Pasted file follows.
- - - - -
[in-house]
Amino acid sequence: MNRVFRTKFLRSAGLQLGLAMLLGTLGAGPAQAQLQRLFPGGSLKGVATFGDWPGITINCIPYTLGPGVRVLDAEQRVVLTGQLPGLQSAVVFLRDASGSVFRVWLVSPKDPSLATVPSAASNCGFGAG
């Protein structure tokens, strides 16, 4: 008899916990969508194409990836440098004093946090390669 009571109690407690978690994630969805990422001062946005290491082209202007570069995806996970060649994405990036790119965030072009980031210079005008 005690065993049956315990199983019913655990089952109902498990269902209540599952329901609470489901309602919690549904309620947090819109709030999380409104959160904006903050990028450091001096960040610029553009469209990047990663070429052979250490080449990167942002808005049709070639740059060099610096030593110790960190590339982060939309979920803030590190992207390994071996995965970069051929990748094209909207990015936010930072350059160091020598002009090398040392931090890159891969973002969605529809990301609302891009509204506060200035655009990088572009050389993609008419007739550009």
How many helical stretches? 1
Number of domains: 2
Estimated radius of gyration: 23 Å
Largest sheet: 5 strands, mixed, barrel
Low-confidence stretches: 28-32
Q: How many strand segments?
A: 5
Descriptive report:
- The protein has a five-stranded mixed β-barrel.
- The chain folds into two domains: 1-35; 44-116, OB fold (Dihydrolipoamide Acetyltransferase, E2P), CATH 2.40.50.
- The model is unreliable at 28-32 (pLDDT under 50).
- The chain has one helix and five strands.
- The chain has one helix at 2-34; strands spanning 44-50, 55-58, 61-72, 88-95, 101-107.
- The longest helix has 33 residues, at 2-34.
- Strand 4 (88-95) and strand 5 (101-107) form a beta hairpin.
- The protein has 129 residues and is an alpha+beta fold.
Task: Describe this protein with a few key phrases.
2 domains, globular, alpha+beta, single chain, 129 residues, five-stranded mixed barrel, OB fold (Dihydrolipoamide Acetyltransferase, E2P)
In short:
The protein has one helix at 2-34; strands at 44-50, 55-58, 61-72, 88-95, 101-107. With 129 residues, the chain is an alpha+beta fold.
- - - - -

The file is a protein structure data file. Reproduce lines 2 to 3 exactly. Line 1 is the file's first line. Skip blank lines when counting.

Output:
Amino acid sequence: MNRVFRTKFLRSAGLQLGLAMLLGTLGAGPAQAQLQRLFPGGSLKGVATFGDWPGITINCIPYTLGPGVRVLDAEQRVVLTGQLPGLQSAVVFLRDASGSVFRVWLVSPKDPSLATVPSAASNCGFGAG
């Protein structure tokens, strides 16, 4: 008899916990969508194409990836440098004093946090390669 009571109690407690978690994630969805990422001062946005290491082209202007570069995806996970060649994405990036790119965030072009980031210079005008 005690065993049956315990199983019913655990089952109902498990269902209540599952329901609470489901309602919690549904309620947090819109709030999380409104959160904006903050990028450091001096960040610029553009469209990047990663070429052979250490080449990167942002808005049709070639740059060099610096030593110790960190590339982060939309979920803030590190992207390994071996995965970069051929990748094209909207990015936010930072350059160091020598002009090398040392931090890159891969973002969605529809990301609302891009509204506060200035655009990088572009050389993609008419007739550009």